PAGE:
When their Air Jamaica flight in March from Curacao to Montego Bay arrived late, Monika Jansen and her family hoped they might still catch their connecting flight, scheduled to take off a few minutes later.
They were stunned at what happened: Not only didn't Air Jamaica hold that flight so incoming passengers could make their connection, it also let the connecting flight leave earlier than scheduled.
"We could not fathom why the plane had departed early knowing we were arriving late but before the scheduled departure time!" says Jansen, a Potomac Falls resident who was flying first class on vacation with her husband and 17-month-old daughter.
Air Jamaica got the Jansens a room at the Wyndham Rose Hall resort for the night, but the drive from the airport was long, the baby was hungry and the Jansens were peeved about being stranded.
To exacerbate matters, Jansen says, her husband had to argue for an hour on the phone to get the airline to pay the extra cost of a room refrigerator for their toddler's food. The airline also balked at picking up the cost of an international phone call to alert relatives of their delayed arrival. And, Jansen says, the next day their flight home left 45 minutes late.
Jansen wrote to Air Jamaica demanding an apology and two round-trip first-class tickets as compensation. She says she was dumbfounded when the airline offered "a halfhearted apology" and no compensation, but instead "blamed us for missing our flight," stating that our travel plans, which Air Jamaica ticketed, "did not allow sufficient time for an international connection."
Frustrated, Jansen did what savvy consumers often do when they get no satisfaction from a customer service department. She went straight to the top, writing to Christopher Zacca, Air Jamaica's chief executive. Jansen heard nothing for two months, then received a voice mail message from an Air Jamaica customer service manager saying she thought the airline owed the Jansens something for their troubles. A letter followed with two $250 vouchers for flying on Air Jamaica and an apology.
Air Jamaica spokesman Mike Going says there was nothing unusual about how Air Jamaica handled the operational logistics at Montego Bay airport that day.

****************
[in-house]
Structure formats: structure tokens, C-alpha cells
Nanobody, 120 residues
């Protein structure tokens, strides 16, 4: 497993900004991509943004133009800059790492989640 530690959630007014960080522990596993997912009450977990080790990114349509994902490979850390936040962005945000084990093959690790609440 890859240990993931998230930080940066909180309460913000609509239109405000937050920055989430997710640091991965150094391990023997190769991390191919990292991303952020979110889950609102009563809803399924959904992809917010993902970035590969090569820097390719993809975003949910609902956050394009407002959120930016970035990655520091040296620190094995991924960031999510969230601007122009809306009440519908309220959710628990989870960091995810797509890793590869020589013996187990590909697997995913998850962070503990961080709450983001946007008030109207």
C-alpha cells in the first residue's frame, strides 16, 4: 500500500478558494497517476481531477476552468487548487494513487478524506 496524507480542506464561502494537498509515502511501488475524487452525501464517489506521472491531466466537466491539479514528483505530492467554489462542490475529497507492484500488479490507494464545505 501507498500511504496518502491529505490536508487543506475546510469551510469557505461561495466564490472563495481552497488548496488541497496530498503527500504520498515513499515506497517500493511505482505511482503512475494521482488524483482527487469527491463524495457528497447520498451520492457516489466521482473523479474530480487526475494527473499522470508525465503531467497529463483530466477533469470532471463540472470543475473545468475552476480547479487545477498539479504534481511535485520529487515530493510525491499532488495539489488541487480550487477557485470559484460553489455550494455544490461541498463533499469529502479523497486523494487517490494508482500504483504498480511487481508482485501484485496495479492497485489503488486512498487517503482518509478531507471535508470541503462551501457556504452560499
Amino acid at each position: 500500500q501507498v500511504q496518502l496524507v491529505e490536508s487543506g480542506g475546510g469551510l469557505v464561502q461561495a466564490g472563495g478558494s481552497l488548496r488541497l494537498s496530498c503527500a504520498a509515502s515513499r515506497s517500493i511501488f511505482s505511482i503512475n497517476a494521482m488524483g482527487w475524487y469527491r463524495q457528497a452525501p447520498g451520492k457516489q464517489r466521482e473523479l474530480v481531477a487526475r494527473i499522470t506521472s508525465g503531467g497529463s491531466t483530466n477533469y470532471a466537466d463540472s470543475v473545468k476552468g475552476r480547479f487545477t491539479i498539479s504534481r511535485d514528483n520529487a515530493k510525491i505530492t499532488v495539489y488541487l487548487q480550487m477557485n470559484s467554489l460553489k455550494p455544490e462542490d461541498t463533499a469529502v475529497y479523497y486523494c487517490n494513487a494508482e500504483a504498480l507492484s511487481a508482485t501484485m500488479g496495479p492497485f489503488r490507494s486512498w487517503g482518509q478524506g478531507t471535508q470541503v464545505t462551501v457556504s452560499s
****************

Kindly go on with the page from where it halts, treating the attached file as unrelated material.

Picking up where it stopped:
"One of the great drivers in this business is on-time performance. You have to make an operational call," he says. "You've got 150 people on an airline sitting. Do you let them sit on the hope that the incoming airline will arrive in time? Does it become a creeping delay?"
There was no guarantee Jansen's plane would have made it in time even if the connecting flight had been held, so the connecting flight took off, says Going.
Air Jamaica handled the situation on the ground the way most of the airline industry does. "We put you up and we feed you," he says. "The greater the infraction, the greater the compensation. If you're late for an hour, hey, here's a meal voucher. If it's an overstay, we try to make everybody comfortable.
"Generally that satisfies most customers. . . . But you can't please everybody the exact same way. Mrs. Jansen felt far more compensation was required."
Contrary to popular belief, when flights are canceled or connecting flights missed, and passengers are stranded overnight, airlines are not required to get them hotel rooms, pay for meals or compensate for inconveniences. Each airline has its own policy. In Air Jamaica's "conditions of contract," it states that flight schedules are not guaranteed and the airline "assumes no responsibility for making connections."
Going says Air Jamaica "strives to please everyone. Where we dropped the ball is we didn't properly respond to her first letter."
Jansen's letter to Zacca made a difference. Although the complaint should not have had to go that far, Going says, "after the fact, Air Jamaica did the right thing."
Jansen says the lesson is: "If you don't get a satisfactory result by going through the standard channels, you need to escalate your complaint and go to the top of the food chain."
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